Source: the Guardian
In recent weeks, atheists and agnostics who are friendly towards religion have been filling the column inches. Editors, and perhaps readers, are weary of the so-called militant secularism evangelised by you know who. So kindly non-believers have been commissioned. But there is something paradoxical about their appreciation of “God”.
I noticed it a while back when I read Mary Warnock’s Dishonest to God. She is an atheist who has spent too much time at cathedral evensong. Her moral and aesthetic imagination would collapse without religious culture: “It seems to me that there is no possible argument for holding that religion is outdated, or that it can be wholly replaced in society by science or any other imaginative exercise.” This atheist wants belief in “God” to persist, though it can’t by her own logic.
The same conundrum is generously explored in Richard Holloway’s autobiographical, Leaving Alexandria: A Memoir of Faith and Doubt. It reads like a confession, the former bishop of Edinburgh writing in searingly honest terms about his limitations, failures and regrets. He was never a saint, or cut out to be one, though he knew some in the Gorbals of Glasgow and possibly at Kelham, his now closed theological college. Holloway passionately laments the cruelty of the institution in which he served for so long. He rehearses the troubling arguments on the problem of evil, the unlikelihood of an afterlife and so on.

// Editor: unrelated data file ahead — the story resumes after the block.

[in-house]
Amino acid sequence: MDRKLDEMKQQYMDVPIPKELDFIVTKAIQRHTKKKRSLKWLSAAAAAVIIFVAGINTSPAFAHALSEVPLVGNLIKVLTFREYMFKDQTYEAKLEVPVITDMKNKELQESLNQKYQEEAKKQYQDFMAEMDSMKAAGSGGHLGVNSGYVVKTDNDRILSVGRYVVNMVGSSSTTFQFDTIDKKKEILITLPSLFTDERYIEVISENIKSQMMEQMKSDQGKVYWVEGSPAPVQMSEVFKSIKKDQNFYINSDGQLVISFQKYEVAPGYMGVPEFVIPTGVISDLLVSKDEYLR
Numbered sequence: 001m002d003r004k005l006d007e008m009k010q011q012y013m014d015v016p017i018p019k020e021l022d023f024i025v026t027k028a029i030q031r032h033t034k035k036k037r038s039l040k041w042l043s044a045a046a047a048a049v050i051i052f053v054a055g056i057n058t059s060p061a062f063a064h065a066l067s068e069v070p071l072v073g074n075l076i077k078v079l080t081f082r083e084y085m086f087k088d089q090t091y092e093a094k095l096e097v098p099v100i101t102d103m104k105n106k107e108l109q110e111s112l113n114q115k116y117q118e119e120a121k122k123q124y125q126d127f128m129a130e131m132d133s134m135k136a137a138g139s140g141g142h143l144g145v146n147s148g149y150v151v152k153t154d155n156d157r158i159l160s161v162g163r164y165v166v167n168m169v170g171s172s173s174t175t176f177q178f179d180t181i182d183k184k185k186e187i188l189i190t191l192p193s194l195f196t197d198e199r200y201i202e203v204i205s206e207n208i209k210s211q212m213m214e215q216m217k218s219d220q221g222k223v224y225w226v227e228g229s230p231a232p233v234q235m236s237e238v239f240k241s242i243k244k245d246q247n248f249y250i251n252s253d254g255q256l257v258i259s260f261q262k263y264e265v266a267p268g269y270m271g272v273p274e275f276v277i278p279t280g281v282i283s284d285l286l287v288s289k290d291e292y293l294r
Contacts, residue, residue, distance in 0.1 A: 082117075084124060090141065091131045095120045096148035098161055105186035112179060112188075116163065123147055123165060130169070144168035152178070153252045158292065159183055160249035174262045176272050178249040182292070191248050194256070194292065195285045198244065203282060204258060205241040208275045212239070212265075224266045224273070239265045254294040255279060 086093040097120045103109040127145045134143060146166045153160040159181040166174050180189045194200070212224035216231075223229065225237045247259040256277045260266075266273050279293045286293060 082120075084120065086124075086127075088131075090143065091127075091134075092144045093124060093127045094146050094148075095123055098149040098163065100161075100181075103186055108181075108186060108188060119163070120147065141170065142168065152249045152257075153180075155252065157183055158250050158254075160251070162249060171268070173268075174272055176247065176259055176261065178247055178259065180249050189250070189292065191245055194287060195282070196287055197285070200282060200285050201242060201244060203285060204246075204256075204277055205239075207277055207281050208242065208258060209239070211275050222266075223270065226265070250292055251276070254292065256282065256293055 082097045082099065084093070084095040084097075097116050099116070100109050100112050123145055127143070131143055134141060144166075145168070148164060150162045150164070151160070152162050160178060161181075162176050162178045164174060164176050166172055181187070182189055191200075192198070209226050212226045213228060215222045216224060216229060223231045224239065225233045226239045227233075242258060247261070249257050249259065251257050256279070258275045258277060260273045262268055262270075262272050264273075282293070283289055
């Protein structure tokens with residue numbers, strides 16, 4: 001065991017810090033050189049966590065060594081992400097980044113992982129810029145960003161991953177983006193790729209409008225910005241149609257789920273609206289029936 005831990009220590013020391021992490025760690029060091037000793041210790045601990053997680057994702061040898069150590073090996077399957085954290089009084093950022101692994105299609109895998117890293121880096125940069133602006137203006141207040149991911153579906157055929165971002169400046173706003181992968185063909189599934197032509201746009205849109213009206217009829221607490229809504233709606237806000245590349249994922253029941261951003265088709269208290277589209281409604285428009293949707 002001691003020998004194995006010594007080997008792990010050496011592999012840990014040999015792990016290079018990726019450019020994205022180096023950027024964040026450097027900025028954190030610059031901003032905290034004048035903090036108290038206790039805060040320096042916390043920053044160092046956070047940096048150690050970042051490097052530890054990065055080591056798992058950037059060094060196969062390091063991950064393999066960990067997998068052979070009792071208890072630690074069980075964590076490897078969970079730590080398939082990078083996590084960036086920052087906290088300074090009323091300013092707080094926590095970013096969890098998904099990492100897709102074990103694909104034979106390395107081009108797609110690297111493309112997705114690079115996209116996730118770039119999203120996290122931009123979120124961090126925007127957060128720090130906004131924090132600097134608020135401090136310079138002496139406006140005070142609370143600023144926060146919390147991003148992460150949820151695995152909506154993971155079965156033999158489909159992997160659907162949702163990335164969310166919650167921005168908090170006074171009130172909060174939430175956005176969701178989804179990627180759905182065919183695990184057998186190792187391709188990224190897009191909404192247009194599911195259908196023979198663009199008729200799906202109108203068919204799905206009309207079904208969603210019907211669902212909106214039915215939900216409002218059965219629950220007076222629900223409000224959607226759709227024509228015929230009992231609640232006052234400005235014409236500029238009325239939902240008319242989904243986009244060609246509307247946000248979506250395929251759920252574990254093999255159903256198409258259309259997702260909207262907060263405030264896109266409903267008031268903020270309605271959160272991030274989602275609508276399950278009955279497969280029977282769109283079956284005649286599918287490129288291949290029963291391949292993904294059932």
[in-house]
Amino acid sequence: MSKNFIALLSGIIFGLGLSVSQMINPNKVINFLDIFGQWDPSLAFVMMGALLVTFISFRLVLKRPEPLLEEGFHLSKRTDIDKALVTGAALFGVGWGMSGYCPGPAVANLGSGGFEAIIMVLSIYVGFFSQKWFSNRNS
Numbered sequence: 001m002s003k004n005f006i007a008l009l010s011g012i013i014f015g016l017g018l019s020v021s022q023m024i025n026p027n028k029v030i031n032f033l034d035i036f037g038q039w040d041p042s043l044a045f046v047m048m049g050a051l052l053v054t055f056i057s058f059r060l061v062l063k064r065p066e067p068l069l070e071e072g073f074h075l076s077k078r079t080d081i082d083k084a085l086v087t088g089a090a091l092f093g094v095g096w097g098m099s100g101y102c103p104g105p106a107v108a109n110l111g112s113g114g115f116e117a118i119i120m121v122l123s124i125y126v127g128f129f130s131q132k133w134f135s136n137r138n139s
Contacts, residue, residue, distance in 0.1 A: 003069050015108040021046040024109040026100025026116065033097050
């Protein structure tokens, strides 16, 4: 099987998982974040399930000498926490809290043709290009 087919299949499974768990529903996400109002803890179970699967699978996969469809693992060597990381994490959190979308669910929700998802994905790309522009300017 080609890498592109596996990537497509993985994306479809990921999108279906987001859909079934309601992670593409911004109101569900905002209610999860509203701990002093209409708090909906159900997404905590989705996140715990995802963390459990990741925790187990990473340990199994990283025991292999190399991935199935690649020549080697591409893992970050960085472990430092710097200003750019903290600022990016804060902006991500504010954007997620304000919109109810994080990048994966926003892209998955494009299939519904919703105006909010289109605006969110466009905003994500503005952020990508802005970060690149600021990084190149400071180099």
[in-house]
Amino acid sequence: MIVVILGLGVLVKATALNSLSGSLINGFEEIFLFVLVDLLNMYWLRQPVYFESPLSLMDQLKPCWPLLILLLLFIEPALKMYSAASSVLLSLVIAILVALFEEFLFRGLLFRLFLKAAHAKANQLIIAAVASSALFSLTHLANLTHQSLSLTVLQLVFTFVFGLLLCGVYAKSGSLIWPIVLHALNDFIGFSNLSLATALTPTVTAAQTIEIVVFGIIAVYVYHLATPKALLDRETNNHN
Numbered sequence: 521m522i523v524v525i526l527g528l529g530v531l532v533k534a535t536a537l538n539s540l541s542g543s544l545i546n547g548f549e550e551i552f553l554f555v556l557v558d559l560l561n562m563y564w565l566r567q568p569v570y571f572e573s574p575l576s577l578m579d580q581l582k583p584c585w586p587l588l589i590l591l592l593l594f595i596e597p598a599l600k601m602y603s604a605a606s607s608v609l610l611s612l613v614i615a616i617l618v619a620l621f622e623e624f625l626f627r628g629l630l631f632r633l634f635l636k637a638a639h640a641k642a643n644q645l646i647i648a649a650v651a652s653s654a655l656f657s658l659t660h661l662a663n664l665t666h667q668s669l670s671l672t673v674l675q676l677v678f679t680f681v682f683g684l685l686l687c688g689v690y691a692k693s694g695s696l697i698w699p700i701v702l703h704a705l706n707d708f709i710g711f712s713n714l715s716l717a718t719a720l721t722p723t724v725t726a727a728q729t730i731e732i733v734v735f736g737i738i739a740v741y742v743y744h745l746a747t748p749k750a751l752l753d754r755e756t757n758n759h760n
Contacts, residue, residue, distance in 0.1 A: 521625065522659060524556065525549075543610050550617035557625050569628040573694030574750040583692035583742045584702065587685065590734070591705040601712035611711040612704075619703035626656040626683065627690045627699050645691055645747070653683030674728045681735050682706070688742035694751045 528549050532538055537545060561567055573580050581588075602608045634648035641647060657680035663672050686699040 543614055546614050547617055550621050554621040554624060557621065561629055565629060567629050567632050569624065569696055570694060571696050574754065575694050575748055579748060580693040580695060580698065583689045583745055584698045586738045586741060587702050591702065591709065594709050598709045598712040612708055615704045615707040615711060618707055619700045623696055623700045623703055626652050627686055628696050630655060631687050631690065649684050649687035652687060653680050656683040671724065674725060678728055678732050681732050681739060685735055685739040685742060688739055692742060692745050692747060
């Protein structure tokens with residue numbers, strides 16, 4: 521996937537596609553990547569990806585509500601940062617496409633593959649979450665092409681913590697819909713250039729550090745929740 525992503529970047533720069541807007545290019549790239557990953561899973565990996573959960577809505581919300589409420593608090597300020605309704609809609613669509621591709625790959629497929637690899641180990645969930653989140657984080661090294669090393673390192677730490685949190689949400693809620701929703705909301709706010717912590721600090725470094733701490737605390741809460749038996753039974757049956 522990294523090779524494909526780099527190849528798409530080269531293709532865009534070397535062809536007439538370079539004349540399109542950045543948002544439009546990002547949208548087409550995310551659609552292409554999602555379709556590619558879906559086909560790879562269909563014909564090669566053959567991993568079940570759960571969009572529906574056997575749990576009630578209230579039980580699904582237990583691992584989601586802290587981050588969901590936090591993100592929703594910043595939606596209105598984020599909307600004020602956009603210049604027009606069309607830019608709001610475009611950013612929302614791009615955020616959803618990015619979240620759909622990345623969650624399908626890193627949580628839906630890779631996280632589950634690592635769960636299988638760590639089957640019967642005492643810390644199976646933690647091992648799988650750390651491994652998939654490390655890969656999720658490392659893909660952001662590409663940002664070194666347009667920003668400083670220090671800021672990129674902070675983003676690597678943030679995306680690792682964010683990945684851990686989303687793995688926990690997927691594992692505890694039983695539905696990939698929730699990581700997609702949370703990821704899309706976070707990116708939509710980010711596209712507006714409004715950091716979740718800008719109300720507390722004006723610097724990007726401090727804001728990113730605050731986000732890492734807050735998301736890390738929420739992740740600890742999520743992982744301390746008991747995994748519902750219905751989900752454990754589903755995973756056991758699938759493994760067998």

And yet, his heart is still tugged by the possibility of the transcendent. When he now walks the Pentland hills, which he has known since his youth, he perhaps detects a divine whisper yet. We must keep religion’s poetry, he concludes, because it consoles and humanises. We must purge religion of its prose, the dogmatic formulations that do so much damage.
Why might one find consolation in a walk through the hills? Photograph: Alamy